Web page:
5 Signs a Candidate Is Lying or Exaggerating
Grow Your Business, Not Your Inbox
For most recruiters, taking candidates at face value is second nature. With multiple, urgent roles to fill, tons of resumes to go through and dozens of interviews to schedule, you don’t always have the time to dig into a candidate’s background as thoroughly as you would like. Most of the time, this isn’t a problem -- the majority of candidates are honest, upstanding people just trying to find the right opportunity.
But, every once in a while, you will find a bad actor who chooses to exaggerate or even flat-out lie about their experience in order to get the job they want. If hired, the consequences can be disastrous. Replacing an employee -- even if they’ve only been there for a short amount of time -- is time-consuming, expensive and tedious.
So, the next time you have an interview with a candidate that seems too good to be true, make it a priority to check for these signs a candidate is lying or exaggerating.
1. Their answers are vague or unrelated.
We’ve all encountered it before: You ask a candidate a thoughtful, multifaceted question, and they respond with an irrelevant or imprecise answer. This isn’t just a sign that a candidate didn’t sufficiently prepare for the interview -- it could also indicate that they’re not telling the whole truth.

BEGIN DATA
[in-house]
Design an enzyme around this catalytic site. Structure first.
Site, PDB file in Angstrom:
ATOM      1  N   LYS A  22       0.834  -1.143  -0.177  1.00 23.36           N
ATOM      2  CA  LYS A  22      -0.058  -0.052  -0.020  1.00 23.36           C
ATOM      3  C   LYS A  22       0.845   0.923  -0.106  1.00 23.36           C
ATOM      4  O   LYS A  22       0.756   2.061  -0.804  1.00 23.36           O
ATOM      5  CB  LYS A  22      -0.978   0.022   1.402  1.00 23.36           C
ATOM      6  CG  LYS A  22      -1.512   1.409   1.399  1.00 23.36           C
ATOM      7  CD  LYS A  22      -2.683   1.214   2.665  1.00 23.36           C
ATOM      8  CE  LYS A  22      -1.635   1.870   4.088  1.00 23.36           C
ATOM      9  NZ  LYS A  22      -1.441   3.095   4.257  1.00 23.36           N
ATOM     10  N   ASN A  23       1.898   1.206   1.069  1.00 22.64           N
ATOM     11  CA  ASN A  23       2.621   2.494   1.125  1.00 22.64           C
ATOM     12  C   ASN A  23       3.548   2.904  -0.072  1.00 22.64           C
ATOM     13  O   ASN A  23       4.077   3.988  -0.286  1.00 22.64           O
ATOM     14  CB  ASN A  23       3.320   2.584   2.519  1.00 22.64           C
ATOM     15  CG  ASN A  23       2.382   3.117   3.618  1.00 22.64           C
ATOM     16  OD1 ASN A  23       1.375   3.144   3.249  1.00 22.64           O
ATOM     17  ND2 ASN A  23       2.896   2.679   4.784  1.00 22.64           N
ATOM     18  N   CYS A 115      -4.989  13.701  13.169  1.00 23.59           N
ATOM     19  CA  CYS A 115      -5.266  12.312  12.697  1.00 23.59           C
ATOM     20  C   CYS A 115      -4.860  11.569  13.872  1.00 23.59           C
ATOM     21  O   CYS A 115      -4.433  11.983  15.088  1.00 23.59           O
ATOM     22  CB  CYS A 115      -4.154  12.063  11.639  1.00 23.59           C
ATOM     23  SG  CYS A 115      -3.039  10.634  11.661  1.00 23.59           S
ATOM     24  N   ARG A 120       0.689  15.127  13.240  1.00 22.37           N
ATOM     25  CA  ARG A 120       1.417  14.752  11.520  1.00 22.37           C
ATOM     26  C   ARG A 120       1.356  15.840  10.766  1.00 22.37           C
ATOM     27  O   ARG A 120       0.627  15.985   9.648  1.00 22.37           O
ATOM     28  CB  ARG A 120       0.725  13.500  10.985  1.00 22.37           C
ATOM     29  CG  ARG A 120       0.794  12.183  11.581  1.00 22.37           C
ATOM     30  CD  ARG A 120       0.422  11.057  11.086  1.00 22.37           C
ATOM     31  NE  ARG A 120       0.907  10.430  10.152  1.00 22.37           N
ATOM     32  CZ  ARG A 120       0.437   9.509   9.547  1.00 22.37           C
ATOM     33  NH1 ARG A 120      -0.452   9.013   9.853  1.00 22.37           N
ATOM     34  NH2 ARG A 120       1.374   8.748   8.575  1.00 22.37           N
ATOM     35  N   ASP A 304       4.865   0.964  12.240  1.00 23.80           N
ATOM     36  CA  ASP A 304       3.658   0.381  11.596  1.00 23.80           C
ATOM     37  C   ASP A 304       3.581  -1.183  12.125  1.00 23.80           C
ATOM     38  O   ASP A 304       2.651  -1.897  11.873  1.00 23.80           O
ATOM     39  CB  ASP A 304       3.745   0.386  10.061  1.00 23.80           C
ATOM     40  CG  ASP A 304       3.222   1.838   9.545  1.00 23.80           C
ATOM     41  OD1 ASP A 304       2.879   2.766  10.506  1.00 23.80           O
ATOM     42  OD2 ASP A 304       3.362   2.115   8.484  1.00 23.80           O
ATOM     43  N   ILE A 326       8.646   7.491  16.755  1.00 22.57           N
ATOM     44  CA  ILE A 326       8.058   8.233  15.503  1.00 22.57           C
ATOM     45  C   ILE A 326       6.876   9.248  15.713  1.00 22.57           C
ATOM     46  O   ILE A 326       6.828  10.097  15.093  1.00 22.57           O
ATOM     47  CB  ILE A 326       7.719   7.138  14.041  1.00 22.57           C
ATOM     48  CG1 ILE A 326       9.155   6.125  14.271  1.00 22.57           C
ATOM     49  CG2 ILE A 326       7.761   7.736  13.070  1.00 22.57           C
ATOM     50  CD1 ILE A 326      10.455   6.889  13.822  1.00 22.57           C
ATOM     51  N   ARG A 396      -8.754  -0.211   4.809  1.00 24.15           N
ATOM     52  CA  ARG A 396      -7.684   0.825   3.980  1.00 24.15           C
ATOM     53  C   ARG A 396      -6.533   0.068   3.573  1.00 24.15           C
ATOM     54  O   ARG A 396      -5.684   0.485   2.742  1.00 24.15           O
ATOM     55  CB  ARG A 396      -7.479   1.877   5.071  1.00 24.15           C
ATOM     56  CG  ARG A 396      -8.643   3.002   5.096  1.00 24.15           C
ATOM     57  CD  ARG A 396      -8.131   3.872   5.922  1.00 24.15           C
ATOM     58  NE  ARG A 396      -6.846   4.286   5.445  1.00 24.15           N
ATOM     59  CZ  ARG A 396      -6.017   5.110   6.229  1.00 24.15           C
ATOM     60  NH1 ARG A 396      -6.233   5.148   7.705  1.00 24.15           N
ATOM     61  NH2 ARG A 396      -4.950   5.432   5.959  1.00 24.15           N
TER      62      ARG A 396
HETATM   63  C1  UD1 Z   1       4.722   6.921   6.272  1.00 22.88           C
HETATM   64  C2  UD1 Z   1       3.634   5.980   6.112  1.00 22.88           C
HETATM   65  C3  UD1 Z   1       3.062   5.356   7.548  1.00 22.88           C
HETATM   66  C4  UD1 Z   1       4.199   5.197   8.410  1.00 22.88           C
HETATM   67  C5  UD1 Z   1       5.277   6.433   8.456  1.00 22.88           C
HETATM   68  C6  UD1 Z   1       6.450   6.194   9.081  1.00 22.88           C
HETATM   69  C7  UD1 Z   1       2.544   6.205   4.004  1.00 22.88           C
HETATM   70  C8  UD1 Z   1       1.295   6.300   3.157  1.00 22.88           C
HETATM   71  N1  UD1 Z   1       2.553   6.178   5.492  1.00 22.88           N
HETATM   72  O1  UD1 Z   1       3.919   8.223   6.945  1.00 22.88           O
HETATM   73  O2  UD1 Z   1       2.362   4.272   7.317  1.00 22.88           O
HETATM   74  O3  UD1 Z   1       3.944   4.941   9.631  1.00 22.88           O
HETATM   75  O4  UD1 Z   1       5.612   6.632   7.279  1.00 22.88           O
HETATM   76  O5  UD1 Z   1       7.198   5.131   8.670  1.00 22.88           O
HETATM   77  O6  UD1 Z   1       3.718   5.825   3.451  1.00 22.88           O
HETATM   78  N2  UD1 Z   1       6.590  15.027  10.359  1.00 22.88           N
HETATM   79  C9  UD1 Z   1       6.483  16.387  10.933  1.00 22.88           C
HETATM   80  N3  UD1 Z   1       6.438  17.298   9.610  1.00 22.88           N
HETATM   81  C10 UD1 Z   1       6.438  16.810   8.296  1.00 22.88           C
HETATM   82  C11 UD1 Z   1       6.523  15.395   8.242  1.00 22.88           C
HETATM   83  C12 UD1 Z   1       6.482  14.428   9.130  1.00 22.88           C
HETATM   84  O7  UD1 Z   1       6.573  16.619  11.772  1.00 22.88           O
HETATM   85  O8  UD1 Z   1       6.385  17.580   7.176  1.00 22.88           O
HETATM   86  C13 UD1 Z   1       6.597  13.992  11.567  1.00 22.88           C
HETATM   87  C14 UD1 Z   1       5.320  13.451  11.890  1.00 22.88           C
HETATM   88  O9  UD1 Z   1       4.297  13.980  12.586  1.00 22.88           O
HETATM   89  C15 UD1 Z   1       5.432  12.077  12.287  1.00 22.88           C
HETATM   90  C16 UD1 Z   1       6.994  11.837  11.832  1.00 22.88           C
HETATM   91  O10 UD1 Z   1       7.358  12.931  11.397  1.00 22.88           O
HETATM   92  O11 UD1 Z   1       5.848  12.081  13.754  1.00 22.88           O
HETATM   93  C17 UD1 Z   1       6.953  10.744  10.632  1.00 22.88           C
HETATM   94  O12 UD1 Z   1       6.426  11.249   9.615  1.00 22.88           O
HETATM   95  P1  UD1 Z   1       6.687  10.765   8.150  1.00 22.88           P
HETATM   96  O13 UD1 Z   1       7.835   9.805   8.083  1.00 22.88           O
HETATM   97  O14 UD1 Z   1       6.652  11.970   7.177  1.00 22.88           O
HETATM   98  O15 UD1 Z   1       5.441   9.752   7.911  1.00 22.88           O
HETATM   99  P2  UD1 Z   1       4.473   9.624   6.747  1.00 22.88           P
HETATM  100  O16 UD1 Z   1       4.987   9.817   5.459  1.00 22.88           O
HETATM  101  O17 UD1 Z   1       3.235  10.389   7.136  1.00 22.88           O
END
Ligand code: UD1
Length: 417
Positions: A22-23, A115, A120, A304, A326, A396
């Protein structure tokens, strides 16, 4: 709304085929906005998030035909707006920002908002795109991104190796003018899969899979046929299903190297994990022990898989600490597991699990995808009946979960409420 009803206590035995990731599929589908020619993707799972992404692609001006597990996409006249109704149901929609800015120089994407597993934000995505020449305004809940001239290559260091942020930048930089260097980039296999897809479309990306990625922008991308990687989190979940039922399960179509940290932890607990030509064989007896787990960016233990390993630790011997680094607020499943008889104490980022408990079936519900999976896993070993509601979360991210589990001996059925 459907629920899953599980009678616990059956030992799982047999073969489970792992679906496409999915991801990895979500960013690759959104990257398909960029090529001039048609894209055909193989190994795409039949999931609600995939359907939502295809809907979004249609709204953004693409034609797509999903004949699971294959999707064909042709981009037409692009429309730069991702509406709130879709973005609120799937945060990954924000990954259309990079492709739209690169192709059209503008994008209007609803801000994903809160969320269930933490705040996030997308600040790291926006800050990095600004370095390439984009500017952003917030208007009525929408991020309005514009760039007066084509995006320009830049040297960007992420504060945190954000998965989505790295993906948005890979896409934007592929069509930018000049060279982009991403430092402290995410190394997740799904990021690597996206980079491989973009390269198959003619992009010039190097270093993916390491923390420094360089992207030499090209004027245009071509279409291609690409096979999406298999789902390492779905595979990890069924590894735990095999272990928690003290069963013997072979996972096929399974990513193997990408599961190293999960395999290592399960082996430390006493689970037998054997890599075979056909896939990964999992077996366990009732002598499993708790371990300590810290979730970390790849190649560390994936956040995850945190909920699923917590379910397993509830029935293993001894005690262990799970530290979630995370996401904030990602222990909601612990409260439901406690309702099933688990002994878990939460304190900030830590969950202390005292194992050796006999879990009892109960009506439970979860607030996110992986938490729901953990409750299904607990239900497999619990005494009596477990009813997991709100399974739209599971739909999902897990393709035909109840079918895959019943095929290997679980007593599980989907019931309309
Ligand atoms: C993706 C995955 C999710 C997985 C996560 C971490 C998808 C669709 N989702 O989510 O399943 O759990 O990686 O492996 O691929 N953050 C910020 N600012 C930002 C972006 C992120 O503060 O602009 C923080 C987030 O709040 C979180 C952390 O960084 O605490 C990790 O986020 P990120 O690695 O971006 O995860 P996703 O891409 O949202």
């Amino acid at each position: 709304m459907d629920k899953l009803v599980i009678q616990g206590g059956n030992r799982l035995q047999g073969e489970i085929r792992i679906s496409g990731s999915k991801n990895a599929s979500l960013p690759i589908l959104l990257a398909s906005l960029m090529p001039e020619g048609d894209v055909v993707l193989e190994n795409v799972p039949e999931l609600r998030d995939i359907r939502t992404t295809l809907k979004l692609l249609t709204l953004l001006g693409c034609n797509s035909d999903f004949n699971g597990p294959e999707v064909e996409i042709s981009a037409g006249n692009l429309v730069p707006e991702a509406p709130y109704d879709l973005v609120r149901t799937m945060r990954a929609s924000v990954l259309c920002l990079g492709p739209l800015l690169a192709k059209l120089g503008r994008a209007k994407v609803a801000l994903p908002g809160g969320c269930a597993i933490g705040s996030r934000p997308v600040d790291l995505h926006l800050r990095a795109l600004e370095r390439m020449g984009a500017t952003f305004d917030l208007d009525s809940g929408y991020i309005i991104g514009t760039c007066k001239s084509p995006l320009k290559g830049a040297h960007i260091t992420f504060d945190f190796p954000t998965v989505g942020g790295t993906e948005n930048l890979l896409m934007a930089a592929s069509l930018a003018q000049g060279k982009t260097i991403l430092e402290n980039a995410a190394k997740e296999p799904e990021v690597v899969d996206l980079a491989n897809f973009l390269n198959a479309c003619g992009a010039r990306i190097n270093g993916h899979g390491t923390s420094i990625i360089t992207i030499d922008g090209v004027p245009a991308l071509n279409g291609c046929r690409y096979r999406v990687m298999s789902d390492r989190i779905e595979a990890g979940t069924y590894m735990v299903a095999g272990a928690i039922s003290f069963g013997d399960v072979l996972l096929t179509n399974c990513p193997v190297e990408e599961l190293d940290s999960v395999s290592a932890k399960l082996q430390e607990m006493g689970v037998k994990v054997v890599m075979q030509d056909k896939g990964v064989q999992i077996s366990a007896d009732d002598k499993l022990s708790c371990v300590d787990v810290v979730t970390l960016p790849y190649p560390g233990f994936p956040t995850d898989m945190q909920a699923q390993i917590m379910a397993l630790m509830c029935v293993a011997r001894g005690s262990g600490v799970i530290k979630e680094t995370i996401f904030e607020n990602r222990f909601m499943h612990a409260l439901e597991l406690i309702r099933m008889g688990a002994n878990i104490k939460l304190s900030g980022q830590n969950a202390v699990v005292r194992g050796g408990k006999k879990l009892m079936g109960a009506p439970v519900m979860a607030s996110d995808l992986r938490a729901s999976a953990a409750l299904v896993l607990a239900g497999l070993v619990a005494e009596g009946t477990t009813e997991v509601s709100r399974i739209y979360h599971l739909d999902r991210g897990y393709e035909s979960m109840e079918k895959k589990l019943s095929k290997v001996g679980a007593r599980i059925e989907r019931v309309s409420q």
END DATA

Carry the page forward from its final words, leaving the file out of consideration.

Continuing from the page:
“Vague and incomplete responses to questions are a warning sign of embellishment or otherwise falsified accounts of a candidate’s responsibilities,” says Tammy Cohen, founder and chief visionary officer of background screening company InfoMart. “An applicant failing to use common industry jargon or who doesn’t cite processes, metrics or team members’ roles may also be exaggerating the scope of their work.”
When faced with this situation, recruiters should push candidates to elaborate to determine whether they’re exaggerating their credentials or just nervous.
“The interviewer should look to remain silent if the candidate has provided a vague or limited response, in order to encourage the candidate to expand. Although it may initially be awkward for both parties, this method is more likely to generate a much more individual response than spoon-feeding the candidate with further questions,” says Lars Herrem, group executive director at recruitment agency Nigel Wright Group.
Herrem also suggests “repeating a question, be it immediately after the candidate’s response or later in the interview, [to] highlight whether a candidate is being consistent, and therefore honest, with their answers.”
2. Their body language gives them away.
You may have seen “human lie detectors” on TV shows and in movies who are instantly able to tell whether or not someone is lying just by observing them. But the truth is, you don’t need to be FBI-trained to spot indications that someone could be stretching the truth.
“Constant fidgeting, darting eyes or complete avoidance of eye contact during important questions can mean an applicant is unsure of their answers,” Cohen explains.